I have an existing backup with about 40GB and the dblock-files are 750MB.
If there a possibility to “convert” the existing backup with 750MB files to a backup with file sizes of 100MB?
Just changing the --dblock-size will only work for new files but not for the existing ones.
Background for the question: I have to change the “cloud server” and the new one has very limited download speed (limited upload asynchron dsl of the server) and so a block-size of 100MB would be better. With the existing 750MB files the verification takes a very long time. I would prefer to keep the --backup-test-samples=X, just with smaller files.
Conversion can be done locally. At the moment I have the whole backup on a local USB-storage and this storage is then tranported to the server (house of a friend).
However it should be technically possible, I can’t find a tool to do this (semi) automatically.
I was hoping that the recompress command of the Duplicati.CommandLine.RecoveryTool.exe would accept the --dblock-size option, but this option seems to be ignored.
It would indeed be a useful feature to be able to change the upload volume size.
The recompress command in the Recovery Tool doesn’t seem to support resizing of archives, I guess the only thing it can do is switch from 7z to zip and vice versa. However, resizing arcihves would be a nice extra functionality for the recompress command.
The --small-file-size and --small-file-max-count options are a nice trick to consolidate smaller archives to a single larger one, but the OP wants to do the opposite: split a large archive to smaller archives.
It seems to have happily re-compressed 30% of the files from the default 50MB dblock size to the reqiested 40MB on the first run then stopped w/out error. I ran the process again, and it processed the rest of the files to the new 40MB dblock size.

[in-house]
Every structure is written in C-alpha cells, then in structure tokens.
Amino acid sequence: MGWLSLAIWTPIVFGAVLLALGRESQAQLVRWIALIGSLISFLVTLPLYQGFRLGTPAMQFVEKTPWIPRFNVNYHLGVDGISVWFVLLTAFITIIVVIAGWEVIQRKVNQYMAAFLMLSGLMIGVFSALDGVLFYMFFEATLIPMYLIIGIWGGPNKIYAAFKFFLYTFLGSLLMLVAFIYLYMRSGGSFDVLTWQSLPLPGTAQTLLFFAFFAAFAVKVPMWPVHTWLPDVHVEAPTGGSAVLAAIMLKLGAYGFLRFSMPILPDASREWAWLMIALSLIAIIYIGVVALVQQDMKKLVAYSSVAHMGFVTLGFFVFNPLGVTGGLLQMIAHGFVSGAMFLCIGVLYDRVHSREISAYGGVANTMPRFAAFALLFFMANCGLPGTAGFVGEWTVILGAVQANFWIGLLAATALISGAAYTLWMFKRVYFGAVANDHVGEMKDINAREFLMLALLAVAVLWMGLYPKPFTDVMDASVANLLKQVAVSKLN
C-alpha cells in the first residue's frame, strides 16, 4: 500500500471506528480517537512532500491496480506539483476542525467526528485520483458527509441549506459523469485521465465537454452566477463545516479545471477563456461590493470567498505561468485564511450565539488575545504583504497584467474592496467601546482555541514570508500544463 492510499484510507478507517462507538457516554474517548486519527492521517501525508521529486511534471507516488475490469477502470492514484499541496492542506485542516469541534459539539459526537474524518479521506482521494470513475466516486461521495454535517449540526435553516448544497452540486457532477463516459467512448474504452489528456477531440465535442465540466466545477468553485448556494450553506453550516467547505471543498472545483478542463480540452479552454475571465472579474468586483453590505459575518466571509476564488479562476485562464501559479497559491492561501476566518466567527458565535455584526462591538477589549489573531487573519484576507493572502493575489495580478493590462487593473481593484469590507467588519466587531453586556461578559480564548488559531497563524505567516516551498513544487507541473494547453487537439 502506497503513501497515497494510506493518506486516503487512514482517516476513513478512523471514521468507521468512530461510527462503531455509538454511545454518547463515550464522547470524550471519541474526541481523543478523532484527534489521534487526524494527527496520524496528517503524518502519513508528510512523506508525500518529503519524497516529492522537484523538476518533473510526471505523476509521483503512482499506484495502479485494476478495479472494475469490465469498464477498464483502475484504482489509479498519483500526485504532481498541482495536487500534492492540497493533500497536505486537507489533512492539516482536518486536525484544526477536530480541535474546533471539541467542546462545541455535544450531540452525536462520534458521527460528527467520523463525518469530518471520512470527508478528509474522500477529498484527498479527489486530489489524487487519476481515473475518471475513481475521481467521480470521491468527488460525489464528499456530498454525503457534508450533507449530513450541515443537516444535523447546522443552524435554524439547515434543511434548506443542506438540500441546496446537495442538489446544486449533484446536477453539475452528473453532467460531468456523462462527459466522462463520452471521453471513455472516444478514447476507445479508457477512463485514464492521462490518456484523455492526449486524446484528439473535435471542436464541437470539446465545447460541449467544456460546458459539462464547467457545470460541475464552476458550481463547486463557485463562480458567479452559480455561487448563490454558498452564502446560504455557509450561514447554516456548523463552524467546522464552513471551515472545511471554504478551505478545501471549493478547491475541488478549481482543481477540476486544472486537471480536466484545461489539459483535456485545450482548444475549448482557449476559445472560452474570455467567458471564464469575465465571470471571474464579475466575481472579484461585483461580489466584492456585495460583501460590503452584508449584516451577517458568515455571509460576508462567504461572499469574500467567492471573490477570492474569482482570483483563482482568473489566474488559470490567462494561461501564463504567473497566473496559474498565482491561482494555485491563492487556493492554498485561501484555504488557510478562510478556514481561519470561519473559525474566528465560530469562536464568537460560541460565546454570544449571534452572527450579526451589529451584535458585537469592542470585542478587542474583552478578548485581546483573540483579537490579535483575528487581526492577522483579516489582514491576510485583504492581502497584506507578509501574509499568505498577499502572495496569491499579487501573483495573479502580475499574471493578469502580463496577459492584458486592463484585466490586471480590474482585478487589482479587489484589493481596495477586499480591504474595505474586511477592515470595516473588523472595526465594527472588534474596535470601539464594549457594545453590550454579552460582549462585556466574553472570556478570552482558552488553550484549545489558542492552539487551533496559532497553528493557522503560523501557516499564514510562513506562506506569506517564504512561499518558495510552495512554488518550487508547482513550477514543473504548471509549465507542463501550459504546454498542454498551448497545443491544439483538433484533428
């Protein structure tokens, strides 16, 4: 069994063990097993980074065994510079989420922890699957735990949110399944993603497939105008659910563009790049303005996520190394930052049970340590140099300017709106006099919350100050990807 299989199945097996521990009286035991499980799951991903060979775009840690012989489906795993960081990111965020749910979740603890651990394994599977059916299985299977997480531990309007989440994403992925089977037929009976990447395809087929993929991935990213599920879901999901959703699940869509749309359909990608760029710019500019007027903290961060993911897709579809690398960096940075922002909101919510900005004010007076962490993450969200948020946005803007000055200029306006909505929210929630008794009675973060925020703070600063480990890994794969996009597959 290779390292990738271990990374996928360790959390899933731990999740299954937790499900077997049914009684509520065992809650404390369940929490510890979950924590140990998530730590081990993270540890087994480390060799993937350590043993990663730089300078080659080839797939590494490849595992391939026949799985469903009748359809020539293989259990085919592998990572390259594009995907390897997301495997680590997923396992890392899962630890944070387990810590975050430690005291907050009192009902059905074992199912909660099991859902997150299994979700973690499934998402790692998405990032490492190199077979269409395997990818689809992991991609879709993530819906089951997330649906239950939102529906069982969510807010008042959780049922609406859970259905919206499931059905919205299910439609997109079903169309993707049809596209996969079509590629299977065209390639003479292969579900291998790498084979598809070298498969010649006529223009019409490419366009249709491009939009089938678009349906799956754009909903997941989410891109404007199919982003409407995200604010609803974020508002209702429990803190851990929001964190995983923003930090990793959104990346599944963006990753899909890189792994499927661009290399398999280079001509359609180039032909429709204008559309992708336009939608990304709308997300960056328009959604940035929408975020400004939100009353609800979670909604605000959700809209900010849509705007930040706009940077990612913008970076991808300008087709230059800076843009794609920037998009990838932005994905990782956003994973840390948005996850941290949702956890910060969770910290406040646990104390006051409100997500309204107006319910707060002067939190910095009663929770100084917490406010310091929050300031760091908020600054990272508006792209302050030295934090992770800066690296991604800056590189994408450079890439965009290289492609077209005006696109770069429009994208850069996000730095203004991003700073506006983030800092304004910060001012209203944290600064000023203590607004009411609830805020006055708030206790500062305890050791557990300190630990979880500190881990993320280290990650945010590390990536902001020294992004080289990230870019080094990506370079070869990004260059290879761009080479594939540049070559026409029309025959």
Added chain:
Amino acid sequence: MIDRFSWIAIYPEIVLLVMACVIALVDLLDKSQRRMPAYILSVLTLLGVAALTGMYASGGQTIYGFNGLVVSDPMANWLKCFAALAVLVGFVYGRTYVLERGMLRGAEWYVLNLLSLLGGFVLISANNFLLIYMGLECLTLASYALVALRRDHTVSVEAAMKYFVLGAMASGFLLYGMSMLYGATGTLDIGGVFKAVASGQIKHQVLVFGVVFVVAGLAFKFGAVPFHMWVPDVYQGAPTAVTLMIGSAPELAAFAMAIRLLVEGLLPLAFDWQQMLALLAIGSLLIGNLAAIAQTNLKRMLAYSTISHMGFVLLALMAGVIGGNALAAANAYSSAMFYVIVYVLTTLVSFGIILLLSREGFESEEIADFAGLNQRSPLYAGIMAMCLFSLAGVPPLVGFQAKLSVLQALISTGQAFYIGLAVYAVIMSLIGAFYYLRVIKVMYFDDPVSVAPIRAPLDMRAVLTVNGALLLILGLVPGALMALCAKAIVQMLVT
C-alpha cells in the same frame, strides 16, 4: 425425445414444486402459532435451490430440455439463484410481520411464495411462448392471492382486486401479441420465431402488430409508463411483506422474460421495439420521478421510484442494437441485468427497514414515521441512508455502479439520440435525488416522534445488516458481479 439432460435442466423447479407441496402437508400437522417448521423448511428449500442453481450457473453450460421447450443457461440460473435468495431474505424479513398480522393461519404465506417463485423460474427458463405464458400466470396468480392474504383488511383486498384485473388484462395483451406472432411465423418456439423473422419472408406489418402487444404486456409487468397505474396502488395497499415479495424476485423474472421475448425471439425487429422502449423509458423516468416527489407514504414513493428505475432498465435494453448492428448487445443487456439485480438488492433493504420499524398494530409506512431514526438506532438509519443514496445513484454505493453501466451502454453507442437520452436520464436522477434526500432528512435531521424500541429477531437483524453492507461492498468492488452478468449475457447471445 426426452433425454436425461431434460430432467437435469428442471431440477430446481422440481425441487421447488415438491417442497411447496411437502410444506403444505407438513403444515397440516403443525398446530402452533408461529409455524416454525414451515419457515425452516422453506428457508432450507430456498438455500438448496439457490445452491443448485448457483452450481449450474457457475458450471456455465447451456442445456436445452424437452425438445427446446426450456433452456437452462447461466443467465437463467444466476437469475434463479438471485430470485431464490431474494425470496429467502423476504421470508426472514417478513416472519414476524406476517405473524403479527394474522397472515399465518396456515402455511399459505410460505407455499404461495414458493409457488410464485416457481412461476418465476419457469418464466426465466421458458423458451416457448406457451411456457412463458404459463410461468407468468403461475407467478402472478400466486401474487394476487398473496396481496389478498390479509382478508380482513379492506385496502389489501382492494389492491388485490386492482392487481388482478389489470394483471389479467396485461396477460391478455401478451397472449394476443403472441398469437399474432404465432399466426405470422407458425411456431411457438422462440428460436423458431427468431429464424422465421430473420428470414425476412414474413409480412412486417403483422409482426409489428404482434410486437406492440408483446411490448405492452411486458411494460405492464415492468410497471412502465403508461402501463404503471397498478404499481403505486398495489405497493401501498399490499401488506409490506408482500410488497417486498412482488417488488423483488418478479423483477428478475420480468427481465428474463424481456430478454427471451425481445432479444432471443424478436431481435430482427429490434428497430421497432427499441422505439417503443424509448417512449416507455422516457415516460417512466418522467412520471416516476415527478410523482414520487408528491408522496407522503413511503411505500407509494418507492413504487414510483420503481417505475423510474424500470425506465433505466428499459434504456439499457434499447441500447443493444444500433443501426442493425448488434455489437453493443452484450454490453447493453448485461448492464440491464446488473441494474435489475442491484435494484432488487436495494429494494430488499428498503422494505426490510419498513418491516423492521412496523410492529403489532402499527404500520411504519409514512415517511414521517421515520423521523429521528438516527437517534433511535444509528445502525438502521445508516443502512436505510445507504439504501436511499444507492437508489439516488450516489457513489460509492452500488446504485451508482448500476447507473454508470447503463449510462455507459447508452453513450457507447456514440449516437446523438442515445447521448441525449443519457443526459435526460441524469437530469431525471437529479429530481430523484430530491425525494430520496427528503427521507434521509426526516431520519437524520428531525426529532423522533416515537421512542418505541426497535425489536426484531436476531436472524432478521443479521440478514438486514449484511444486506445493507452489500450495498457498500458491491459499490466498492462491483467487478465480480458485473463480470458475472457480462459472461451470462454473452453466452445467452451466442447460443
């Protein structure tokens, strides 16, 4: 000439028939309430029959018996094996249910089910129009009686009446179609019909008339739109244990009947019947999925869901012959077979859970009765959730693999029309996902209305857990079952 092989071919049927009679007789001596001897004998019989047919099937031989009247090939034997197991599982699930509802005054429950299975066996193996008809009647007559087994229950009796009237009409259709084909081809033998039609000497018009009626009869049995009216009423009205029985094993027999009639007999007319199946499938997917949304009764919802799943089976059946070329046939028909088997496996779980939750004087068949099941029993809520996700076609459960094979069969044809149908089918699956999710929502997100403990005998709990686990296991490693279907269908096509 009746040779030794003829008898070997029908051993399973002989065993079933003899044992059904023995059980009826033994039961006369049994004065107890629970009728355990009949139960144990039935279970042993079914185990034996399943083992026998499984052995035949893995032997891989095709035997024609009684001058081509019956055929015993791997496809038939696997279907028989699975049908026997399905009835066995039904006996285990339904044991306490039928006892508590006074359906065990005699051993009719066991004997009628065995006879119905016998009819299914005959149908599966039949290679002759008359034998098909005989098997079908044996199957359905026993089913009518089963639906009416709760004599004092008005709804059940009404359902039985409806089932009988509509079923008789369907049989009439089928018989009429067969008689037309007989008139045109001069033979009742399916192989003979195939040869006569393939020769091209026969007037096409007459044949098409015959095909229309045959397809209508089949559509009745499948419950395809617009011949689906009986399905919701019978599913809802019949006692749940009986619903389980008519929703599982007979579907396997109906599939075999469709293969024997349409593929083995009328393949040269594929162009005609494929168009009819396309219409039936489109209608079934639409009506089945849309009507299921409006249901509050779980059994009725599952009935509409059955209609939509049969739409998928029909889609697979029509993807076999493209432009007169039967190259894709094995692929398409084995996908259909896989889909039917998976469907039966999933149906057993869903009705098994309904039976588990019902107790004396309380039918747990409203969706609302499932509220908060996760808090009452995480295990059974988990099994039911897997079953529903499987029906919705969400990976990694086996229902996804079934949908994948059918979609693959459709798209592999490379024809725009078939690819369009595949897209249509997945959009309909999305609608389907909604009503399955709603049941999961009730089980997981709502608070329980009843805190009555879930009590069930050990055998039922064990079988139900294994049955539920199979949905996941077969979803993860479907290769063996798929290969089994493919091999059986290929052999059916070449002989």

Why it took two runs I don’t know.
I have a full-verification test running now just to make sure everything is good as this also seems to have converted my very old .7z dblock files to .zip (yay!).
Note that the progress bar just said “Running task: Starting backup …” the whole time, so estimating how long it will take is tricky.
For those that care, here are the first & last few lines of the PROFILING console log:
The operation Compact has started
Starting - Running Compact
Found 0 fully deletable volume(s)
Found 0 small volumes(s) with a total size of 0 bytes
Found 93 volume(s) with a total of 0.00% wasted space (0 bytes of 4.08 GB)
Compacting because there is 0.00% wasted space and the limit is 0%
Starting - RemoteOperationList
Backend event: List - Started: ()
Listing remote folder ...
Backend event: List - Completed: (276 bytes)
RemoteOperationList took 0:00:00:00.035
Starting - CommitCompact
CommitCompact took 0:00:00:00.262
Running Compact took 0:00:28:07.987
Return code: 0
Nice hack of the compact command!
I guess is has never been the intention to use this command for resizing remote volumes, but it looks like this is more convenient to use than downloading everything to local storage, converting and re-uploading with the Recovery tool.